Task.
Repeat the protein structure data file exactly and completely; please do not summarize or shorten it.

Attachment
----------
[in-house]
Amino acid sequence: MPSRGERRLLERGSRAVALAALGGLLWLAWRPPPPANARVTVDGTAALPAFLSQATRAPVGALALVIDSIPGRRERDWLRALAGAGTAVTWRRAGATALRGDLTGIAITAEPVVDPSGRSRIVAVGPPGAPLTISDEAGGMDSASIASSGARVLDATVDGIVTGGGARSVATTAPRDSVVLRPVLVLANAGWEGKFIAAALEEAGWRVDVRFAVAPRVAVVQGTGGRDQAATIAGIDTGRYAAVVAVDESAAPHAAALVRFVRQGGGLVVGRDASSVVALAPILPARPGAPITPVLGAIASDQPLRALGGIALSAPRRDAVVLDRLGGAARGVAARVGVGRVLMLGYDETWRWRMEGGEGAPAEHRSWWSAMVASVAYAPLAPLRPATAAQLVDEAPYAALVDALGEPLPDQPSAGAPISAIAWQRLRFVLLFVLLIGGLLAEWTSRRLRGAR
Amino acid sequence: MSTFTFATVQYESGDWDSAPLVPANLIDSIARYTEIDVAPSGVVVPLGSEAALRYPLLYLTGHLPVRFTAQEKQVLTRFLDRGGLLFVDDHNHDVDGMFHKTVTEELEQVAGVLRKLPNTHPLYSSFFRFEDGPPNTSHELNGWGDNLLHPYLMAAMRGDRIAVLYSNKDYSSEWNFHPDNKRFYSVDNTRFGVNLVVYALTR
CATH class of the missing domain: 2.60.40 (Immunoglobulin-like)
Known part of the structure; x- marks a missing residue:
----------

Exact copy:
[in-house]
Amino acid sequence: MPSRGERRLLERGSRAVALAALGGLLWLAWRPPPPANARVTVDGTAALPAFLSQATRAPVGALALVIDSIPGRRERDWLRALAGAGTAVTWRRAGATALRGDLTGIAITAEPVVDPSGRSRIVAVGPPGAPLTISDEAGGMDSASIASSGARVLDATVDGIVTGGGARSVATTAPRDSVVLRPVLVLANAGWEGKFIAAALEEAGWRVDVRFAVAPRVAVVQGTGGRDQAATIAGIDTGRYAAVVAVDESAAPHAAALVRFVRQGGGLVVGRDASSVVALAPILPARPGAPITPVLGAIASDQPLRALGGIALSAPRRDAVVLDRLGGAARGVAARVGVGRVLMLGYDETWRWRMEGGEGAPAEHRSWWSAMVASVAYAPLAPLRPATAAQLVDEAPYAALVDALGEPLPDQPSAGAPISAIAWQRLRFVLLFVLLIGGLLAEWTSRRLRGAR
Amino acid sequence: MSTFTFATVQYESGDWDSAPLVPANLIDSIARYTEIDVAPSGVVVPLGSEAALRYPLLYLTGHLPVRFTAQEKQVLTRFLDRGGLLFVDDHNHDVDGMFHKTVTEELEQVAGVLRKLPNTHPLYSSFFRFEDGPPNTSHELNGWGDNLLHPYLMAAMRGDRIAVLYSNKDYSSEWNFHPDNKRFYSVDNTRFGVNLVVYALTR
CATH class of the missing domain: 2.60.40 (Immunoglobulin-like)
Known part of the structure; x- marks a missing residue: